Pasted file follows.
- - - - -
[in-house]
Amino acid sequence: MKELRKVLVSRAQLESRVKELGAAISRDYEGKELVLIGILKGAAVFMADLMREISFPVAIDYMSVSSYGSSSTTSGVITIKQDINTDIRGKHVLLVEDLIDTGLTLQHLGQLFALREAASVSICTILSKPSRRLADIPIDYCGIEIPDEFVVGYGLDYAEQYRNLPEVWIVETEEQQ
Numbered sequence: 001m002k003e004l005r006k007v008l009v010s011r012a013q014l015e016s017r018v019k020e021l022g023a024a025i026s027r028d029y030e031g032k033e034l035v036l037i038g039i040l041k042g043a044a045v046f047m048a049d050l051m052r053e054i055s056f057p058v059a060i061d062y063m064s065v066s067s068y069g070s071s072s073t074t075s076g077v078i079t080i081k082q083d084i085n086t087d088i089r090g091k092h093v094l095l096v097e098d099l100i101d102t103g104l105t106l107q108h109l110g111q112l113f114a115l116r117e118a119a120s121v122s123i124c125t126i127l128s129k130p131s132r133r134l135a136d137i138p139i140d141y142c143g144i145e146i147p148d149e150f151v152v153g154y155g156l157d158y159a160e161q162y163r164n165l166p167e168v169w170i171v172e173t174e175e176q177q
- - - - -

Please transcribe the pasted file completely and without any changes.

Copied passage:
[in-house]
Amino acid sequence: MKELRKVLVSRAQLESRVKELGAAISRDYEGKELVLIGILKGAAVFMADLMREISFPVAIDYMSVSSYGSSSTTSGVITIKQDINTDIRGKHVLLVEDLIDTGLTLQHLGQLFALREAASVSICTILSKPSRRLADIPIDYCGIEIPDEFVVGYGLDYAEQYRNLPEVWIVETEEQQ
Numbered sequence: 001m002k003e004l005r006k007v008l009v010s011r012a013q014l015e016s017r018v019k020e021l022g023a024a025i026s027r028d029y030e031g032k033e034l035v036l037i038g039i040l041k042g043a044a045v046f047m048a049d050l051m052r053e054i055s056f057p058v059a060i061d062y063m064s065v066s067s068y069g070s071s072s073t074t075s076g077v078i079t080i081k082q083d084i085n086t087d088i089r090g091k092h093v094l095l096v097e098d099l100i101d102t103g104l105t106l107q108h109l110g111q112l113f114a115l116r117e118a119a120s121v122s123i124c125t126i127l128s129k130p131s132r133r134l135a136d137i138p139i140d141y142c143g144i145e146i147p148d149e150f151v152v153g154y155g156l157d158y159a160e161q162y163r164n165l166p167e168v169w170i171v172e173t174e175e176q177q